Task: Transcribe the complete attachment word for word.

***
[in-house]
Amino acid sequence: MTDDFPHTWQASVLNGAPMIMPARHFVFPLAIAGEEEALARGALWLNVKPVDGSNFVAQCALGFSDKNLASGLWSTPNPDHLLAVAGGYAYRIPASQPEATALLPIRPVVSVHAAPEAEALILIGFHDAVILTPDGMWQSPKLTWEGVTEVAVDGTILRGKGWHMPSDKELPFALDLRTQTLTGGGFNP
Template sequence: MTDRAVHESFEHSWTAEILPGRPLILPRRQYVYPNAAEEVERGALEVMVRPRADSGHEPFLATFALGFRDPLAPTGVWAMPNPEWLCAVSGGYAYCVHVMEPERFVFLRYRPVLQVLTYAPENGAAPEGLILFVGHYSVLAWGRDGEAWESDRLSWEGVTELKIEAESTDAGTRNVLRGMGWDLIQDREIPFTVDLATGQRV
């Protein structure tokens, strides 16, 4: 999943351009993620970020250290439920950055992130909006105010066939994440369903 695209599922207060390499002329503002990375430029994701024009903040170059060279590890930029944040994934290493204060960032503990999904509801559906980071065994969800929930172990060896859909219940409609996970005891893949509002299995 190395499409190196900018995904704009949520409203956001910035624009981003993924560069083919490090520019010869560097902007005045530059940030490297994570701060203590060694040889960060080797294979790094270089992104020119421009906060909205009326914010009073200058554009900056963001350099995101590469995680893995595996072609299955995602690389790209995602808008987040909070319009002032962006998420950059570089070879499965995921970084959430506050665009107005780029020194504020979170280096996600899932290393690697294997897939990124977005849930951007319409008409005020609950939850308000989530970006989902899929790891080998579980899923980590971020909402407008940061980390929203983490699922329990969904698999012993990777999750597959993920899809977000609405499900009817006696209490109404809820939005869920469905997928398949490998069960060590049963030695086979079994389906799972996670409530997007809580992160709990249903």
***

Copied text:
[in-house]
Amino acid sequence: MTDDFPHTWQASVLNGAPMIMPARHFVFPLAIAGEEEALARGALWLNVKPVDGSNFVAQCALGFSDKNLASGLWSTPNPDHLLAVAGGYAYRIPASQPEATALLPIRPVVSVHAAPEAEALILIGFHDAVILTPDGMWQSPKLTWEGVTEVAVDGTILRGKGWHMPSDKELPFALDLRTQTLTGGGFNP
Template sequence: MTDRAVHESFEHSWTAEILPGRPLILPRRQYVYPNAAEEVERGALEVMVRPRADSGHEPFLATFALGFRDPLAPTGVWAMPNPEWLCAVSGGYAYCVHVMEPERFVFLRYRPVLQVLTYAPENGAAPEGLILFVGHYSVLAWGRDGEAWESDRLSWEGVTELKIEAESTDAGTRNVLRGMGWDLIQDREIPFTVDLATGQRV
């Protein structure tokens, strides 16, 4: 999943351009993620970020250290439920950055992130909006105010066939994440369903 695209599922207060390499002329503002990375430029994701024009903040170059060279590890930029944040994934290493204060960032503990999904509801559906980071065994969800929930172990060896859909219940409609996970005891893949509002299995 190395499409190196900018995904704009949520409203956001910035624009981003993924560069083919490090520019010869560097902007005045530059940030490297994570701060203590060694040889960060080797294979790094270089992104020119421009906060909205009326914010009073200058554009900056963001350099995101590469995680893995595996072609299955995602690389790209995602808008987040909070319009002032962006998420950059570089070879499965995921970084959430506050665009107005780029020194504020979170280096996600899932290393690697294997897939990124977005849930951007319409008409005020609950939850308000989530970006989902899929790891080998579980899923980590971020909402407008940061980390929203983490699922329990969904698999012993990777999750597959993920899809977000609405499900009817006696209490109404809820939005869920469905997928398949490998069960060590049963030695086979079994389906799972996670409530997007809580992160709990249903």